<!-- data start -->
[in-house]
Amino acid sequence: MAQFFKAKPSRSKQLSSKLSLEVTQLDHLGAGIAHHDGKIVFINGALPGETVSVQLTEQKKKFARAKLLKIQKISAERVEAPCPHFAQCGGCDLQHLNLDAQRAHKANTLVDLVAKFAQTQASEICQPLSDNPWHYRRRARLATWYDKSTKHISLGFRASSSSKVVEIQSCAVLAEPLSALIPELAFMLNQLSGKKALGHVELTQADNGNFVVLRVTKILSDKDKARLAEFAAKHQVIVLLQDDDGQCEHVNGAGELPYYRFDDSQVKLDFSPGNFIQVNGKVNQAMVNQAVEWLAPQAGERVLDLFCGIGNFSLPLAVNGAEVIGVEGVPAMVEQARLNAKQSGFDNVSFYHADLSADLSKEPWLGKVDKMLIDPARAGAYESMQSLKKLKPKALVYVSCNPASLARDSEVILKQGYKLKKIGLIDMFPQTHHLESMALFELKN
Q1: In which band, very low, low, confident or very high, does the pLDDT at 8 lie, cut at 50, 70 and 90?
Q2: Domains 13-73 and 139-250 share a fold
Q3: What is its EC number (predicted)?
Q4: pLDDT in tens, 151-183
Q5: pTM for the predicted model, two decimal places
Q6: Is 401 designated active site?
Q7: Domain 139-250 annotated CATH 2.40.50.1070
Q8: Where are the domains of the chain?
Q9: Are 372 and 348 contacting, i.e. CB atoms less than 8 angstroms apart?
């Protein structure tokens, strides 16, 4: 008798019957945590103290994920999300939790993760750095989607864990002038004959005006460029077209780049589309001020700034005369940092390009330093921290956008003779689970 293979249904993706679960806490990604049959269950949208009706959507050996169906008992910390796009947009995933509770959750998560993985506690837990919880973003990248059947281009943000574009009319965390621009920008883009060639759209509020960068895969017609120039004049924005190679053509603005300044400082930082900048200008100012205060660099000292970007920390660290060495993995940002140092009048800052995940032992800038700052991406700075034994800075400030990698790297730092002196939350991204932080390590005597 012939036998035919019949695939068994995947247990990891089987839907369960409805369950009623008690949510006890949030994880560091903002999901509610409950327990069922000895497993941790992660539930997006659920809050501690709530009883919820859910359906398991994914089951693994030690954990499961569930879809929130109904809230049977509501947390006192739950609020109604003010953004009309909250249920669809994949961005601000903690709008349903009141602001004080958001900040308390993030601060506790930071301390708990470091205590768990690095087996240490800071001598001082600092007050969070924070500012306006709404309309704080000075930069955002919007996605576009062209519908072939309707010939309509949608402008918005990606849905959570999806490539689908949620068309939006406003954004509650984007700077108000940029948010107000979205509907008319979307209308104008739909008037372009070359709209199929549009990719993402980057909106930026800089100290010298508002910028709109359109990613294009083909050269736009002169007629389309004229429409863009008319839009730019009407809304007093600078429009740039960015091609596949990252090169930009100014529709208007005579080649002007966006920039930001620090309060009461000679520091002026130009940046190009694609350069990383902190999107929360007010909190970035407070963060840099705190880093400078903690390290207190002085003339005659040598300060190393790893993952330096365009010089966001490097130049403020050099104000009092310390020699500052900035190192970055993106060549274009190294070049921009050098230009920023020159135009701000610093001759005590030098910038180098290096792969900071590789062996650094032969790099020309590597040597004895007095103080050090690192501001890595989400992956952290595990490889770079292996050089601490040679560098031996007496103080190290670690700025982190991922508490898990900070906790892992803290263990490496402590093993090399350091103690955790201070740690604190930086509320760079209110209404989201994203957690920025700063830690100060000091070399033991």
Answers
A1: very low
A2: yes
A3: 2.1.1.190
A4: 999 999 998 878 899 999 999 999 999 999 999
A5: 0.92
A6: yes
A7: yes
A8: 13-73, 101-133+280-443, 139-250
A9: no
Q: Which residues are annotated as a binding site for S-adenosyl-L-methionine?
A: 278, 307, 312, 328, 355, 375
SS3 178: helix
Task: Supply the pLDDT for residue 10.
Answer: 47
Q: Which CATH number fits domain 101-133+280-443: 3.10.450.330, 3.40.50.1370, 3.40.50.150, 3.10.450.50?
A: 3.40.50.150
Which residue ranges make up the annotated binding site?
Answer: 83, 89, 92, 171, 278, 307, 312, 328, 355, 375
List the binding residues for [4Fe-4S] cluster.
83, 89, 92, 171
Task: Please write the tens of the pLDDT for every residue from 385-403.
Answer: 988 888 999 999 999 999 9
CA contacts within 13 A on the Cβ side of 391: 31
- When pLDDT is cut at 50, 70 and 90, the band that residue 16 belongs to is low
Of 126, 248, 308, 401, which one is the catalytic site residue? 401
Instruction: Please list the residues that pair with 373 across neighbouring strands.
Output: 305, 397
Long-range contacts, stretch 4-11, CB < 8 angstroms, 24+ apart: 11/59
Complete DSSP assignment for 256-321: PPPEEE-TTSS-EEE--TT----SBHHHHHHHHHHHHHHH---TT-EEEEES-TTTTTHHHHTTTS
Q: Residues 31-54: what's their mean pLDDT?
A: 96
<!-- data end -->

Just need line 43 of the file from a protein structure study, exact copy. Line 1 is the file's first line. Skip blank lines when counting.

Q: Residues 31-54: what's their mean pLDDT?